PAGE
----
“Those are the people who from a macroeconomic perspective you want to be targeting the most,” said Alix Gould-Werth, an expert on unemployment insurance at the Washington Center for Equitable Growth, a progressive think tank. “Those are the lowest earners — they’re the ones who need the money the most.”
It can be hard to keep up with everything going on in the markets. From DealBook, here is a chart-heavy spin through some of the big stories you need to know.
📈 Approaching another record. What pandemic? The S&P 500 came within a whisker of a record yesterday — it needs to close above 3,386.15, for those keeping score — defying the warnings of economic damage from the coronavirus. The index is up about 50 percent from its lowest point this year, nearly regaining all of the ground lost in a short but sharp bear market in the early stages of the pandemic.
🏆 All that glitters. The price of gold recorded its biggest drop in years on Tuesday, then gained most of it back on Wednesday. Some forecasters expect the precious metal, which set a record high last week and typically moves inversely to interest rates, to set records above $3,000 per ounce, albeit subject to daunting volatility.
✈️ Flying high (well, higher). U.S. airline stocks have gained about 15 percent over the past two weeks, amid signs that a resurgence in recorded virus cases hasn’t deterred some travelers. Sunday was the third-best travel day of the pandemic, according to airport security screening stats, at 31 percent of the number of people screened on the same day last year — but there is still a long way to go for a full recovery.
While millions of employees across Europe have been cast lifelines by government furlough programs meant to limit mass unemployment, legions of other workers on precarious irregular contracts were excluded from that support.
The furlough programs, widely credited with sparing over 60 million people from layoffs in Europe, have a major drawback: They don’t shelter millions of workers who aren’t on company payrolls, including the newly self-employed, freelancers and people on the kind of short-term contracts that employers have used en masse since the 2010 financial crisis to reduce labor costs.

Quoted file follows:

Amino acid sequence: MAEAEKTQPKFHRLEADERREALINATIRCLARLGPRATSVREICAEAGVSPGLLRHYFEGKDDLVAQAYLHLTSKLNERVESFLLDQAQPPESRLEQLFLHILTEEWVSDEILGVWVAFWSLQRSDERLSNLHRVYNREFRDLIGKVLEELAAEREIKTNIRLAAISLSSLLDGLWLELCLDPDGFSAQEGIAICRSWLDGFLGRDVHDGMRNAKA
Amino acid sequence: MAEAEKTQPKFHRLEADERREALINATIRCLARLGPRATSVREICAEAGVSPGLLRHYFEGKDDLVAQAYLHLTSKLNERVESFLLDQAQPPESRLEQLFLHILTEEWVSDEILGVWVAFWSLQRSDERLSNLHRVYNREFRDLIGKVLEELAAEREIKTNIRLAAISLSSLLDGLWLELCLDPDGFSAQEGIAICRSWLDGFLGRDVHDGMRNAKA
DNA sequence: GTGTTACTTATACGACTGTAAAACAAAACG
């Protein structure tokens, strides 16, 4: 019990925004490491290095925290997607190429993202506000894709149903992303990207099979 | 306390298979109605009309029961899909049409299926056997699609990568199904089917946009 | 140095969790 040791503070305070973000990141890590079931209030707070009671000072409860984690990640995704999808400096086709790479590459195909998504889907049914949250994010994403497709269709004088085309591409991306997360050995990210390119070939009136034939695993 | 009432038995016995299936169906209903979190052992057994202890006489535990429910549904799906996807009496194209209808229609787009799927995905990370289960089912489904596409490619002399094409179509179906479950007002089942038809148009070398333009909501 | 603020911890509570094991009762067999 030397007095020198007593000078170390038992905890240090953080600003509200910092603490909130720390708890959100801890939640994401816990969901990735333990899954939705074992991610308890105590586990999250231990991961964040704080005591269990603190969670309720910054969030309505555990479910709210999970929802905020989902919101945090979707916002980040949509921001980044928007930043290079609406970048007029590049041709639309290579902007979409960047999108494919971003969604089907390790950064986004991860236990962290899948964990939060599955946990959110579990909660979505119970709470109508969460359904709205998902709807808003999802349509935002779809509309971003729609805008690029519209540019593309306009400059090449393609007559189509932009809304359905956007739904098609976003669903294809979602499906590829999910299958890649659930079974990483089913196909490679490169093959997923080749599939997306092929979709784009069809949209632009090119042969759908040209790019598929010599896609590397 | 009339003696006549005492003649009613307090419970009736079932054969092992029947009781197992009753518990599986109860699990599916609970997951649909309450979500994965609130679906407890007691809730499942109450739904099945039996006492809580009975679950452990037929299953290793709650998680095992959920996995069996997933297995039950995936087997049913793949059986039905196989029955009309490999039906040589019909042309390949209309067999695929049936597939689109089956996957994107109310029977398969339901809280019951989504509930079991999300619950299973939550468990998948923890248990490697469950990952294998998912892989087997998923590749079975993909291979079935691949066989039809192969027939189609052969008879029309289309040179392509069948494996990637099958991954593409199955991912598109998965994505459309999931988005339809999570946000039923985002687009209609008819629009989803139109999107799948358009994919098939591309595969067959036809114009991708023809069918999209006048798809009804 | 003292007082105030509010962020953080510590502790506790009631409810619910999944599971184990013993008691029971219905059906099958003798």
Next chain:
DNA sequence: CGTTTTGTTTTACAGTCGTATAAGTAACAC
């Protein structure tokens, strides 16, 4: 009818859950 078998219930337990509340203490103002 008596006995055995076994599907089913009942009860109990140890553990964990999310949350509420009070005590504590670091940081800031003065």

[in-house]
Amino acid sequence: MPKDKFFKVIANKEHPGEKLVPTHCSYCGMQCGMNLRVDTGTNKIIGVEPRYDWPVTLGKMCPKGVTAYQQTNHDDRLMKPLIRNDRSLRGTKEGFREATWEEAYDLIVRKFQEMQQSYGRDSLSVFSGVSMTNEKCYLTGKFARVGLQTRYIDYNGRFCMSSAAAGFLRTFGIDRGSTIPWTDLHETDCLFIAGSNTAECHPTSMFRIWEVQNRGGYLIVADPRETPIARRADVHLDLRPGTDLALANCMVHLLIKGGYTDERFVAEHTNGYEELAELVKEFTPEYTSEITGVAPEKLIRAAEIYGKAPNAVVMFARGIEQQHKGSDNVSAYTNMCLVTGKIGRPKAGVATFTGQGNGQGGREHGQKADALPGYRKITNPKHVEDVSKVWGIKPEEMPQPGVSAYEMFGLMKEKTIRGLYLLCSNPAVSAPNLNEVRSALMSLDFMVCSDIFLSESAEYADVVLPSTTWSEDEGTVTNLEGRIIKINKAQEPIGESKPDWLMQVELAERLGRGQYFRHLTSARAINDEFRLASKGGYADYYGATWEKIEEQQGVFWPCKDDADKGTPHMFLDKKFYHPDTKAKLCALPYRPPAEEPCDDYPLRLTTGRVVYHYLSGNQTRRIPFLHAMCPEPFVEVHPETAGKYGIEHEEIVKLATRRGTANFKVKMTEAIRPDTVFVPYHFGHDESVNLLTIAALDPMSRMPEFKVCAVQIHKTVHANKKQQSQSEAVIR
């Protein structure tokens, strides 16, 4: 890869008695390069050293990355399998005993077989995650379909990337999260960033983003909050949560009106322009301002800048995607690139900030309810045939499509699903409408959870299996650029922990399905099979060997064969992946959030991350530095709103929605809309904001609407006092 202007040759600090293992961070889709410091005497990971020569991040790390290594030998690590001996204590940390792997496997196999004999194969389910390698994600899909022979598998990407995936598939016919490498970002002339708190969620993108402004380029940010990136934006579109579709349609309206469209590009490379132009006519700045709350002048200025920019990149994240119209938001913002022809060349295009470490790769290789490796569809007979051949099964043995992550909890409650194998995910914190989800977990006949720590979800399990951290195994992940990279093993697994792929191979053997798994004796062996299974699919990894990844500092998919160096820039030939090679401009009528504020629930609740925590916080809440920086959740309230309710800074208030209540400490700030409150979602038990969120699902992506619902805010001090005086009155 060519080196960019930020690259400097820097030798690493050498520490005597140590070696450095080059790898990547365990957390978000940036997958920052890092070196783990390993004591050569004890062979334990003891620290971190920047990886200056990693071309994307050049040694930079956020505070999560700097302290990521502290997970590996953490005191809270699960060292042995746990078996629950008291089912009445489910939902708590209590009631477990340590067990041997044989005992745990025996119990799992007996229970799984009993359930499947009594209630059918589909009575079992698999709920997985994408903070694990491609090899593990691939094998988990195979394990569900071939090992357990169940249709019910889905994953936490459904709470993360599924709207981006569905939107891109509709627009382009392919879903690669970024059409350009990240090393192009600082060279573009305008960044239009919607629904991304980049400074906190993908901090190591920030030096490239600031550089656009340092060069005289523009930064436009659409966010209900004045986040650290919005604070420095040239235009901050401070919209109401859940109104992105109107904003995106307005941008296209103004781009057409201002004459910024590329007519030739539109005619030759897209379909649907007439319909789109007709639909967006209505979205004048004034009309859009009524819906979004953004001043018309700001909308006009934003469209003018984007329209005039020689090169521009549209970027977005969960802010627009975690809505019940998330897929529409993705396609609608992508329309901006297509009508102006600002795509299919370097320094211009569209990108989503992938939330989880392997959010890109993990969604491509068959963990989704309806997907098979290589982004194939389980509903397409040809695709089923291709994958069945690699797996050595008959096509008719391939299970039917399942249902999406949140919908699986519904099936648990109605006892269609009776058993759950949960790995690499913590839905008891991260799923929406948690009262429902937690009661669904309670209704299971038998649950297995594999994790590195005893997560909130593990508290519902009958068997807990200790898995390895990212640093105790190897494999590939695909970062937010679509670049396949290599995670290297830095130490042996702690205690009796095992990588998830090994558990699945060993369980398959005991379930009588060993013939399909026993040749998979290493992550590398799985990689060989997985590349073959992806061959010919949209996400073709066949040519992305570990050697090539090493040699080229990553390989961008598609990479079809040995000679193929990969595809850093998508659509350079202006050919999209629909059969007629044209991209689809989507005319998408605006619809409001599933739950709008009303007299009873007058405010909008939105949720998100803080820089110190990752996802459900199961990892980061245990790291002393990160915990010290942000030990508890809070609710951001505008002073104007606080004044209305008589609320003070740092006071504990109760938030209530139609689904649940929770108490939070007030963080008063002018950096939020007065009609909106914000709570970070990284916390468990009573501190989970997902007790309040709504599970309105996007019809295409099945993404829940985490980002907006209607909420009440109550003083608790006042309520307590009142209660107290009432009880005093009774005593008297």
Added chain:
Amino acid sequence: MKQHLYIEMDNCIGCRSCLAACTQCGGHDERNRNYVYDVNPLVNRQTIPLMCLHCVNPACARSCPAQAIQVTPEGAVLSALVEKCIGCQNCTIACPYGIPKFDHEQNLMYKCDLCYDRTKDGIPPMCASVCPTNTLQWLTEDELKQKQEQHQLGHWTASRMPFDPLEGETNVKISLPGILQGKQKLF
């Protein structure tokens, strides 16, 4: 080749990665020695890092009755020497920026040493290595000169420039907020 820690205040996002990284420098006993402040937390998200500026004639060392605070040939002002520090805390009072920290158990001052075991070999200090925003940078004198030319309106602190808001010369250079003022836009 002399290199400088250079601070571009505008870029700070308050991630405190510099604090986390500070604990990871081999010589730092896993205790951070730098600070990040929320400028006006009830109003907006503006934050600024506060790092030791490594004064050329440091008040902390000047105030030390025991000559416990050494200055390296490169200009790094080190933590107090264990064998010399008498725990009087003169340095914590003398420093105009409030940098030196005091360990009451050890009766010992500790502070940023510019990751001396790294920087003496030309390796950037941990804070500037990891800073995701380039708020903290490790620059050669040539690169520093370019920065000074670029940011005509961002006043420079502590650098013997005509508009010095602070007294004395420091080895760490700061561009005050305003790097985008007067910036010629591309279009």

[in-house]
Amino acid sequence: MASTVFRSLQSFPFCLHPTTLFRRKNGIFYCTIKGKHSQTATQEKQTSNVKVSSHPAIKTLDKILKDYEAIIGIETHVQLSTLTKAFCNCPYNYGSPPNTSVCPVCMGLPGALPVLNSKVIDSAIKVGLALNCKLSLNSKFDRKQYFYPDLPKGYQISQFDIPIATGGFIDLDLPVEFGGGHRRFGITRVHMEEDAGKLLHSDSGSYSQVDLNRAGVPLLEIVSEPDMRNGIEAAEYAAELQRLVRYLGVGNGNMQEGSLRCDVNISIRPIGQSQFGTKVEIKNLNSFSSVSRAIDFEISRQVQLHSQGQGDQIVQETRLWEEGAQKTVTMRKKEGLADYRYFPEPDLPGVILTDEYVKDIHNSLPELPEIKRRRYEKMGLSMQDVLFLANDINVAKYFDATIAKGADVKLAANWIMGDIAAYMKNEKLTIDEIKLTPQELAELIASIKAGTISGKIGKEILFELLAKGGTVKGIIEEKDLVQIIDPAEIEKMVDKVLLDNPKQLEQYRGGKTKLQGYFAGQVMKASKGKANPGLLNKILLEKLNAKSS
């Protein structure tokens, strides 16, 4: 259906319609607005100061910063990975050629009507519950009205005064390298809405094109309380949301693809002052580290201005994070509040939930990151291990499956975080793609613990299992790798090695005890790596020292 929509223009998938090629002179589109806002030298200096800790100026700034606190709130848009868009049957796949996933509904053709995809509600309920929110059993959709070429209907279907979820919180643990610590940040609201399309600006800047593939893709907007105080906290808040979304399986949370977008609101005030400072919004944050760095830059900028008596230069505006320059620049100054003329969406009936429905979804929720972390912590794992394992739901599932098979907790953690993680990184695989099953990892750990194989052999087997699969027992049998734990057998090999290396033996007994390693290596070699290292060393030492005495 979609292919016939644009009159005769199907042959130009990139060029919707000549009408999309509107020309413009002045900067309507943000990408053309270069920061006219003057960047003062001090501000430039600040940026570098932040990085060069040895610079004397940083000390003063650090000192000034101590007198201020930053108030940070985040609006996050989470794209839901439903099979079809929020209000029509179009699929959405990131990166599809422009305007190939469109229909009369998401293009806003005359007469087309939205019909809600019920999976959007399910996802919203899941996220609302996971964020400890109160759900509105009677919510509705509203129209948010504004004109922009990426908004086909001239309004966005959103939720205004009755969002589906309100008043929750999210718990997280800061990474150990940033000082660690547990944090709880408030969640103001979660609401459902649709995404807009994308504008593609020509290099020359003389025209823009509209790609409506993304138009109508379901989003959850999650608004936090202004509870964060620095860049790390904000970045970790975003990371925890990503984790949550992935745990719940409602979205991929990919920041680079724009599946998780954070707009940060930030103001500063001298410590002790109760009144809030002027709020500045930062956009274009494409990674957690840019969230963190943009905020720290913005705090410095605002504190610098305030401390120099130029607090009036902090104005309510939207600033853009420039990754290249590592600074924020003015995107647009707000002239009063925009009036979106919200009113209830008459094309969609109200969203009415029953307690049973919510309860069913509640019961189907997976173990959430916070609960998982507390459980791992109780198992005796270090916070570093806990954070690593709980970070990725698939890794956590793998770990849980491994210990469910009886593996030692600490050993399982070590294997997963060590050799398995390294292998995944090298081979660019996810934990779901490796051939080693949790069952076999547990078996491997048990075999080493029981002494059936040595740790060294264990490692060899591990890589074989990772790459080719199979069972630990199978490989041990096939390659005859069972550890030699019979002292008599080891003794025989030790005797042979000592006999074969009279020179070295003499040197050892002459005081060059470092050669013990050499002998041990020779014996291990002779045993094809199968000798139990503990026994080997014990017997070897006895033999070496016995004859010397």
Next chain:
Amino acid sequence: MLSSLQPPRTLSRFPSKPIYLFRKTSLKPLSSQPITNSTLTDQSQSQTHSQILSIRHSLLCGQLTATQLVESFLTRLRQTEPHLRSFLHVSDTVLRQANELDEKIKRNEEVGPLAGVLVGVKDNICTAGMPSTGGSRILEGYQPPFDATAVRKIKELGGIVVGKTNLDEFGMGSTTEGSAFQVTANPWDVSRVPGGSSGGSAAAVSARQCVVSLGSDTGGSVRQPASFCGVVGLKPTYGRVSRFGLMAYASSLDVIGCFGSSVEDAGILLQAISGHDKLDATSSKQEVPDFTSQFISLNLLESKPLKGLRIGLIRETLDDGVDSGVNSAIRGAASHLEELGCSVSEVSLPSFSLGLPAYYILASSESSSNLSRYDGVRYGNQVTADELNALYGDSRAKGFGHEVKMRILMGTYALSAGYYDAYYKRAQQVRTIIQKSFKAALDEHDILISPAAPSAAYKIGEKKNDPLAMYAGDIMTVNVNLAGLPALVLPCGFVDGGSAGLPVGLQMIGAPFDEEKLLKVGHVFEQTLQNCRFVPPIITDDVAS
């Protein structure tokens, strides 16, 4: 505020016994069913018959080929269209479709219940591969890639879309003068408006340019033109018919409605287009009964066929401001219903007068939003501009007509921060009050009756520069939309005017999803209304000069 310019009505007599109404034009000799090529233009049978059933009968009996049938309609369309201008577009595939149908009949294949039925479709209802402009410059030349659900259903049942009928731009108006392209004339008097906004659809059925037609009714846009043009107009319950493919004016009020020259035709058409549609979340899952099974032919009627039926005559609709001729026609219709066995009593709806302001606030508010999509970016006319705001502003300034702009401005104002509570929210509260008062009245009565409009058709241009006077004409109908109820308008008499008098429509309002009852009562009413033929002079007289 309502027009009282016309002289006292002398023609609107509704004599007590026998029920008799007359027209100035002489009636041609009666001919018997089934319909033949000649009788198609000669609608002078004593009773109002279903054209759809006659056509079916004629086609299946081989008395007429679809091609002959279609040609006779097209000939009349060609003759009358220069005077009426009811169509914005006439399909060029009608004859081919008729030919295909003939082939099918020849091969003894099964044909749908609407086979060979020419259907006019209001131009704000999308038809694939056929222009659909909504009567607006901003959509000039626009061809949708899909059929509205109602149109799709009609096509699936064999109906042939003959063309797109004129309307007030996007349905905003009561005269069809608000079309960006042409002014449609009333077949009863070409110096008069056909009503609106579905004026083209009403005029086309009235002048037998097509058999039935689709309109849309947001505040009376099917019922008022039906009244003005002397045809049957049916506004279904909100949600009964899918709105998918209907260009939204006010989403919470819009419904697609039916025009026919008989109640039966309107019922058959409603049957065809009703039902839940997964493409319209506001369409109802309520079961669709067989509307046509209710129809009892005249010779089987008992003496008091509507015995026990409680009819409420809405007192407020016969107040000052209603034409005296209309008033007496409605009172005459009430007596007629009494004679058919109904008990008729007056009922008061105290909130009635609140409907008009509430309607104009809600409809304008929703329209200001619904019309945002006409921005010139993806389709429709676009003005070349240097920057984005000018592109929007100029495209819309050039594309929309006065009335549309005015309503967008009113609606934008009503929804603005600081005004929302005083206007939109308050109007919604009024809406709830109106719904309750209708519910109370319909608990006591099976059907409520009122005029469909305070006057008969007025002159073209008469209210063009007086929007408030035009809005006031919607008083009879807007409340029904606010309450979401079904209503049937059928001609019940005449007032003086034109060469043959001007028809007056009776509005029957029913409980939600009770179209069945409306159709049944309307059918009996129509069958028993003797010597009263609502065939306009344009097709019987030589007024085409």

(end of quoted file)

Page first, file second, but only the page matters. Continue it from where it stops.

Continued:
Around 15 million people in the European Union were unemployed in June, a rise of 700,000 since April, according to Eurostat, Europe’s statistics agency. Heavily seeding those ranks are people who had been on work contracts. They account for around four out of 10 workers in the industries hardest by Covid-19, including tourism, catering, restaurants and services where there is direct contact with other people, according to the Organization for Economic Cooperation and Development.
European governments have sought to cushion the blow by expanding some protections for nonstandard workers, easing access to paid sick leave and introducing or increasing unemployment benefits — but that support goes only so far.
A global “stalling of mobility,” especially in air travel, has prompted the International Energy Agency to make a slight downgrade in its forecast for oil demand in 2020. The agency said Thursday that demand would fall by 8.1 million barrels a day in 2020, 140,000 barrels lower than last month’s prediction.
“The aviation and road transport sectors, both essential components of oil consumption, are continuing to struggle,” the Paris-based forecasting group said in its monthly Oil Market Report. Overall, the I.E.A. predicts a roughly 8 percent decline in oil demand this year compared with 2019.
Air travel, in particular, is recovering slower than expected because of border closures and other restrictions. Aviation mileage was down 67 percent in July compared with a year before, only a modest recovery from the 80 percent decline in April. The agency also said that it did not expect the picture would improve “significantly soon,” and was now forecasting a 39 percent fall in jet fuel consumption for 2020 compared with 2019, while 2021 would also see only a gradual recovery.
Some areas are recovering faster. In China, demand for oil in June rose by 750,000 barrels a day compared with the same period a year before, “a remarkable feat,” the agency said.
Two of Germany’s biggest corporations reported huge losses on Thursday, illustrating the degree to which the pandemic has pushed companies to the brink.
The steel maker Thyssenkrupp reported a net loss from April through June of 668 million euros, or $790 million, caused by shutdowns of auto factories, which are big users of the company’s products. Thyssenkrupp was troubled even before the pandemic hit, and has lost nearly 2 billion euros over the last nine months.